On May 14, 1863, two corps of the Army of the Tennessee converged on Jackson, the capital of Mississippi. They confronted the lead elements of Confederate forces gathered by Joseph E. Johnston to oppose Ulysses S. Grant’s invasion of the state. From the west James McPherson, commander of the Seventeenth Corps, drove eastward, while from the south and southwest William T. Sherman’s Fifteenth Corps, seeing its first significant combat action of the campaign, pierced the Confederate line before him, taking advantage of a gap on the Confederate lines. The gap had appeared when Johnston decided that it was time to withdraw rather than do battle (some would say this was rather typical of Johnston, and it gave Sherman what amounted to his most successful battlefield tactical triumph).
Let Grant’s son Fred, just shy of his thirteenth birthday, tell you what happened next:
Thinking the battle was ended, I rode off toward the State House, where the Confederate troops passed me in their retreat. Though I wore a blue uniform, I was so splashed with mud, and looked generally so unattractive, that the Confederates paid no attention to me. I have since realized that even had I been captured, it would not have ended the war.
At this time I saw a mounted officer with a Union flag advancing toward the Capitol. I followed him into the building and entered the Governor’s room, which had been hastily abandoned. Finding what I supposed to be the Governor’s pipe lying on the table, I confiscated it, primarily and ostensibly for the National service, but secondarily and actually for my own private and individual use. It had the advantage of being still loaded and lighted.
Returning to the street, I saw the officer whom I had followed in the act of raising the Union flag over the building. He proved to be Captain, afterwards Colonel, Cornelius Cadle.
Father and his staff, advancing at the head of the army, soon reached the State House, where I joined them, and went with them to the Bowen House, the best hotel in Jackson, where we took the room in which General Joseph E. Johnston had slept the night before.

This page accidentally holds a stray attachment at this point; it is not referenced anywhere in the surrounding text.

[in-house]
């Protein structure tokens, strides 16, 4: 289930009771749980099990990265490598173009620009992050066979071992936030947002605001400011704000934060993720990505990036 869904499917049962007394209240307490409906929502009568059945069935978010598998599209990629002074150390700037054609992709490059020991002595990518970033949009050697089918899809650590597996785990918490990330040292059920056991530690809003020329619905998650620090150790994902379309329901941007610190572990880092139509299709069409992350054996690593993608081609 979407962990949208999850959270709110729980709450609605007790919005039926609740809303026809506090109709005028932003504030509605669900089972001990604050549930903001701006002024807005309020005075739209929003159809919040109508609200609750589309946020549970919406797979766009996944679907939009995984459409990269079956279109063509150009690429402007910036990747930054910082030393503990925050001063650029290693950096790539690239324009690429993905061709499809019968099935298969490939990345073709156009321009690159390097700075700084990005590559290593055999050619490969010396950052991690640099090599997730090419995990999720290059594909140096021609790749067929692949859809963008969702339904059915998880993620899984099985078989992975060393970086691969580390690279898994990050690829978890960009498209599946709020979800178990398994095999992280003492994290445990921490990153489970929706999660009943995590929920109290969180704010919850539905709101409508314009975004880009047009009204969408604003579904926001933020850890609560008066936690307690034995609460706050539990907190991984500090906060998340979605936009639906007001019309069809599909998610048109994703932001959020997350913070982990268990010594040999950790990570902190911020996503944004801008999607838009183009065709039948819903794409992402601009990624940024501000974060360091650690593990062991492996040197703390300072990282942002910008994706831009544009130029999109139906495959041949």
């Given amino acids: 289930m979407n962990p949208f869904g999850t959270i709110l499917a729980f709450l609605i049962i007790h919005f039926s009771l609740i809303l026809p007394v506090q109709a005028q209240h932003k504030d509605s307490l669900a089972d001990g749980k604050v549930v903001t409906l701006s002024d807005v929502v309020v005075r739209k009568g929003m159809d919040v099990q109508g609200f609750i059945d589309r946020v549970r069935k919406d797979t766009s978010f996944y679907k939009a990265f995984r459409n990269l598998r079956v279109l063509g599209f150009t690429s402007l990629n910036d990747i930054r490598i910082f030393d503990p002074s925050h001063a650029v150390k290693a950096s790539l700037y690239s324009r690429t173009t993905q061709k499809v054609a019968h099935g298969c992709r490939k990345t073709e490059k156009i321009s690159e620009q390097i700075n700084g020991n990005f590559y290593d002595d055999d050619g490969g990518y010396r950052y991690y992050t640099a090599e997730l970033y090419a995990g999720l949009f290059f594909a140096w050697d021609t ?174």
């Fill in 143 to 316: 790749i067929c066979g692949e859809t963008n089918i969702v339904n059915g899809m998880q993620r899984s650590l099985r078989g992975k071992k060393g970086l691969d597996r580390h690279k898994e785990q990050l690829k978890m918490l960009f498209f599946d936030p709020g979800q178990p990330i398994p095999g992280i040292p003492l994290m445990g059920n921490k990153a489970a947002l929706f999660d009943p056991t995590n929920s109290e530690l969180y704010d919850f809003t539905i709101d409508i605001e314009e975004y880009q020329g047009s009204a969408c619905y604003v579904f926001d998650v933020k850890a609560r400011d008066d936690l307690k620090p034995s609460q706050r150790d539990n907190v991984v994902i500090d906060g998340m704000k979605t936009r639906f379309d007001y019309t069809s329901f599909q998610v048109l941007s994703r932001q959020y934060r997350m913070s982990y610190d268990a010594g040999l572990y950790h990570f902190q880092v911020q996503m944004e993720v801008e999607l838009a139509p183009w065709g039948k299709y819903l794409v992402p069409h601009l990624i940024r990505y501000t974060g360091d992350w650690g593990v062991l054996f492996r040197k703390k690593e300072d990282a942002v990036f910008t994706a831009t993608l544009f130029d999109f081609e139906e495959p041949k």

The work of Grant’s army had only begun. The army commander reaped the benefit of intelligence operations when a spy pretending to be a loyal Confederate courier delivered an order from Johnston to Pemberton directing him to leave Vicksburg, march east, and confront Grant while Johnston came down from the north. Grant made preparations to give Pemberton a warm greeting. Meanwhile, it was necessary to tear up as much railroad track as possible so that Johnston would find it difficult to concentrate at Jackson and supply whatever force he was able to gather. He tasked Sherman with that job. As Grant recalled:
Sherman and I went together into a manufactory which had not ceased work on account of the battle nor for the entrance of Yankee troops. Our presence did not seem to attract the attention of either the manager or the operatives, most of whom were girls. We looked on for a while to see the tent cloth which they were making roll out of the looms, with “C. S. A.” woven in each bolt. There was an immense amount of cotton, in bales, stacked outside. Finally I told Sherman I thought they had done work enough. The operatives were told they could leave and take with them what cloth they could carry. In a few minutes cotton and factory were in a blaze. The proprietor visited Washington while I was President to get his pay for this property, claiming that it was private. He asked me to give him a statement of the fact that his property had been destroyed by National troops, so that he might use it with Congress where he was pressing, or proposed to press, his claim. I declined.
With that done, Grant turned his attention westward and began planning his first meeting with John C. Pemberton.